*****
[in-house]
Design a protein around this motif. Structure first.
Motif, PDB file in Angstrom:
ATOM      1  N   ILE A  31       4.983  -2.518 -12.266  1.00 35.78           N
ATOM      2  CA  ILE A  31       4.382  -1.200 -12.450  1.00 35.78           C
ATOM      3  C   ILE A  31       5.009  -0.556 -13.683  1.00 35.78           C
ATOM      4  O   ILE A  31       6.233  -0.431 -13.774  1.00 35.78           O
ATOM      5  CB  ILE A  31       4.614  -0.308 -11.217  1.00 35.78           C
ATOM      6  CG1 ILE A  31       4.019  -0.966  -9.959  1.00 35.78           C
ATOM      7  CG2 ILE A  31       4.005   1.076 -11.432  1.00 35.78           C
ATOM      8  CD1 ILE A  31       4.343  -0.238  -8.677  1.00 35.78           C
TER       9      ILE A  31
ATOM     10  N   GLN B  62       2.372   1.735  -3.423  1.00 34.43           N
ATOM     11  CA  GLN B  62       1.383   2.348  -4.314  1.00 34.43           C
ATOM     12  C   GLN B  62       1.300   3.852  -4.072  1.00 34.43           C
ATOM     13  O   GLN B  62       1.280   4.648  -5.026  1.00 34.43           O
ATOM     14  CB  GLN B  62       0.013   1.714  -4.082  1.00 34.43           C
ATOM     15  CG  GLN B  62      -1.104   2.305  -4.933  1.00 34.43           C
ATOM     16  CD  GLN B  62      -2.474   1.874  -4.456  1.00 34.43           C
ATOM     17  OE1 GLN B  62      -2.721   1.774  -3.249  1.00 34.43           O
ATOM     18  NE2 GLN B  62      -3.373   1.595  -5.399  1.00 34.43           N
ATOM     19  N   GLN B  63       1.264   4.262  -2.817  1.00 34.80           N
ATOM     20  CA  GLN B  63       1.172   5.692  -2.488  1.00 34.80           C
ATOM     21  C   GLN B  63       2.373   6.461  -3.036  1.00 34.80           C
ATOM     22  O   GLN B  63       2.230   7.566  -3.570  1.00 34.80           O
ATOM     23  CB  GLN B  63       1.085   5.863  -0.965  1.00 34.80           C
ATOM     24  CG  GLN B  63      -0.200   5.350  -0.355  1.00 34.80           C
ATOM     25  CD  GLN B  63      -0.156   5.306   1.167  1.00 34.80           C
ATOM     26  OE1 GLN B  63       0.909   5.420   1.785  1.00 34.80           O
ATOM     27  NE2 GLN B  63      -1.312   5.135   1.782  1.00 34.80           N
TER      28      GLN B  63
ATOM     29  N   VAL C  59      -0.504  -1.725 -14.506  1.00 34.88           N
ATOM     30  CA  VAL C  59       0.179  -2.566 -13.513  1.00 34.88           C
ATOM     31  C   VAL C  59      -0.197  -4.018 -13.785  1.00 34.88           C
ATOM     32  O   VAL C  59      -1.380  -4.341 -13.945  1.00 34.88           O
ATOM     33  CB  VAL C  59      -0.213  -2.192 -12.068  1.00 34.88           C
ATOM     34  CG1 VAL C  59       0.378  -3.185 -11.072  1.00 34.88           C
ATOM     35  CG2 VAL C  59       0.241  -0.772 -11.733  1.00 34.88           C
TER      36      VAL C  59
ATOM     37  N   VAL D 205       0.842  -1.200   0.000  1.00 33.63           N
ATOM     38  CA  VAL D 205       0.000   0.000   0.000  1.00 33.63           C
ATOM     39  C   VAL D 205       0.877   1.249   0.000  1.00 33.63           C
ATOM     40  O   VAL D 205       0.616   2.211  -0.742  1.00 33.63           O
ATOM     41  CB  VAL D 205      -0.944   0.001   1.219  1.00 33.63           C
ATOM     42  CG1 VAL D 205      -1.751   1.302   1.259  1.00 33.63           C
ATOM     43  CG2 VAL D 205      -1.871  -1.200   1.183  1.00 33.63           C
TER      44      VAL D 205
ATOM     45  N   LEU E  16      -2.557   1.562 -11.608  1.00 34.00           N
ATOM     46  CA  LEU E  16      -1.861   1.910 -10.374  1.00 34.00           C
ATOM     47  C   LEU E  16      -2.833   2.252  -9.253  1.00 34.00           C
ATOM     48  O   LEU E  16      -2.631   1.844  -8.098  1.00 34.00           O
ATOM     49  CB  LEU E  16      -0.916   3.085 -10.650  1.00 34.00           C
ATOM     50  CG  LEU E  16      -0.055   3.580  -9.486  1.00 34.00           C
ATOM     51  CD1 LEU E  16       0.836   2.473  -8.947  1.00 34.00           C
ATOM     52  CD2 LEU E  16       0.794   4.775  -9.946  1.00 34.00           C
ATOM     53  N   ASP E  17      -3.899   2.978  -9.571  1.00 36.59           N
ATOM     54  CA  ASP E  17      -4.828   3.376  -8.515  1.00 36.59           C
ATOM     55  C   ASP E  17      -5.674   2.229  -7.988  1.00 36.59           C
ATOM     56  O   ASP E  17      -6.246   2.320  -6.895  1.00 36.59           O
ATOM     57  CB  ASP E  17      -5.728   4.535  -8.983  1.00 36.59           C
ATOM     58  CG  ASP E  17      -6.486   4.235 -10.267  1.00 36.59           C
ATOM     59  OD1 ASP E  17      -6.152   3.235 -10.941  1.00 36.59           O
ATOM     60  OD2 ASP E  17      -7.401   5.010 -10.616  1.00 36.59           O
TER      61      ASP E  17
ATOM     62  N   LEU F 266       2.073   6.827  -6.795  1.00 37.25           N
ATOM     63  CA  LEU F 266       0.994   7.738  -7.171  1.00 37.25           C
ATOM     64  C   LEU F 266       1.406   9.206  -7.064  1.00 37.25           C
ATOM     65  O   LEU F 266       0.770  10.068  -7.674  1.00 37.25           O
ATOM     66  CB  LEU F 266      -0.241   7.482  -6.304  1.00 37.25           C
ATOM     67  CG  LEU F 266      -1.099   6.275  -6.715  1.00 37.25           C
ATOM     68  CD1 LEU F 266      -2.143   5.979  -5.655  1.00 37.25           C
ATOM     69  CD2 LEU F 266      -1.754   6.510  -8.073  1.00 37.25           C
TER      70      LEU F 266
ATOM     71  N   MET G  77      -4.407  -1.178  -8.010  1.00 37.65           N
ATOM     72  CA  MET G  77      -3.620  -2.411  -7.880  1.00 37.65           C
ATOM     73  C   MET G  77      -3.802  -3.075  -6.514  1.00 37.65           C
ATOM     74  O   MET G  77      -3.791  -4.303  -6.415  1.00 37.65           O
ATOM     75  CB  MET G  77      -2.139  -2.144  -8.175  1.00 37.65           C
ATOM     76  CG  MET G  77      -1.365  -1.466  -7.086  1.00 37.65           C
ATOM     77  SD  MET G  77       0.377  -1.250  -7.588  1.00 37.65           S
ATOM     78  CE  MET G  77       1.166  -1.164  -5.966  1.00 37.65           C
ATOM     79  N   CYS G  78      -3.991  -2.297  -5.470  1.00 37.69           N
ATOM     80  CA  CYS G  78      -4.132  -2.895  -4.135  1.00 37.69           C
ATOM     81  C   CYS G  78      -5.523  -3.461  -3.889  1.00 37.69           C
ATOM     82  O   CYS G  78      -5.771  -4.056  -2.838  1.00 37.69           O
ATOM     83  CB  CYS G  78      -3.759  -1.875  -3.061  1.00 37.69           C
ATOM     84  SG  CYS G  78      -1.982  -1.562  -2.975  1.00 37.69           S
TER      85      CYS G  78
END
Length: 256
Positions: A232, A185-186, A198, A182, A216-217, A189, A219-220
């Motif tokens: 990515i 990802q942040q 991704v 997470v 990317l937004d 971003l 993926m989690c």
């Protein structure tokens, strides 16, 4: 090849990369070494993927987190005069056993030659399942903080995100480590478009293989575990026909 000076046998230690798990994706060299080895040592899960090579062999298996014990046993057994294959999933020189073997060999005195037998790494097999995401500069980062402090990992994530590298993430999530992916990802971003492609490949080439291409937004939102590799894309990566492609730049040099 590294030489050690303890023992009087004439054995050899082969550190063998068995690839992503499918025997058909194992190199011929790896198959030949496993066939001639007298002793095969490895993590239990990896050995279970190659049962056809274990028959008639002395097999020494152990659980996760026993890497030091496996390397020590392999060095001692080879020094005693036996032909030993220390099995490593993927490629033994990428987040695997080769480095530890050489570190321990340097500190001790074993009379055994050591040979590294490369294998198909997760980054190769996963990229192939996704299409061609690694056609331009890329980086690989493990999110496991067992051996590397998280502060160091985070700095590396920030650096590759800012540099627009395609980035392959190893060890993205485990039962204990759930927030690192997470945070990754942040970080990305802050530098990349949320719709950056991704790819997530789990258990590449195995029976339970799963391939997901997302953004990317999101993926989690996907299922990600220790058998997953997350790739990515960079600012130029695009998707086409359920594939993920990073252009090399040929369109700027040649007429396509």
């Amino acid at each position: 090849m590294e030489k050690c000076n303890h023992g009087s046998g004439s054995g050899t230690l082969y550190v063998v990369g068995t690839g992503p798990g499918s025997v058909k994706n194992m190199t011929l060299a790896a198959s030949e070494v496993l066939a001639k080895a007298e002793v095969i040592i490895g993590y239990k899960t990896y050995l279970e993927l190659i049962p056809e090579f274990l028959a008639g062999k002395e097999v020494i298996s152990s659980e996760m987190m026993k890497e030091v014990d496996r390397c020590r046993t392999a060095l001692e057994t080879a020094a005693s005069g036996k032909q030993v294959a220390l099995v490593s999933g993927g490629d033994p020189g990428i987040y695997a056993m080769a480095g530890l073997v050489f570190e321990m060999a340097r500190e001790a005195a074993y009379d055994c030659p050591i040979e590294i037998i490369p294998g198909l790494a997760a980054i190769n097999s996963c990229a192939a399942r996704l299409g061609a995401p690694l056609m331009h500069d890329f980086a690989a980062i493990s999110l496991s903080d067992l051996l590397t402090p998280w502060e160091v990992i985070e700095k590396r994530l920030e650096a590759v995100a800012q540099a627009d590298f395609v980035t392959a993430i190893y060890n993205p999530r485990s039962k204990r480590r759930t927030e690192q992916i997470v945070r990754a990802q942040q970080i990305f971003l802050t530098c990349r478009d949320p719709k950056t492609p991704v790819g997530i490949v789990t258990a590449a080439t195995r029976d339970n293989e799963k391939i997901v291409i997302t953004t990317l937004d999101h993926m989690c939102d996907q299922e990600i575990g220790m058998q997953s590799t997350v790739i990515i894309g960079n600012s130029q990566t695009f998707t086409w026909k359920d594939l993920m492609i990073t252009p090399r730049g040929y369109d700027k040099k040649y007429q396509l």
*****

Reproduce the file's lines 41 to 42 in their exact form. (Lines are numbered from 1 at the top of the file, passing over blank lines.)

ATOM     38  CA  VAL D 205       0.000   0.000   0.000  1.00 33.63           C
ATOM     39  C   VAL D 205       0.877   1.249   0.000  1.00 33.63           C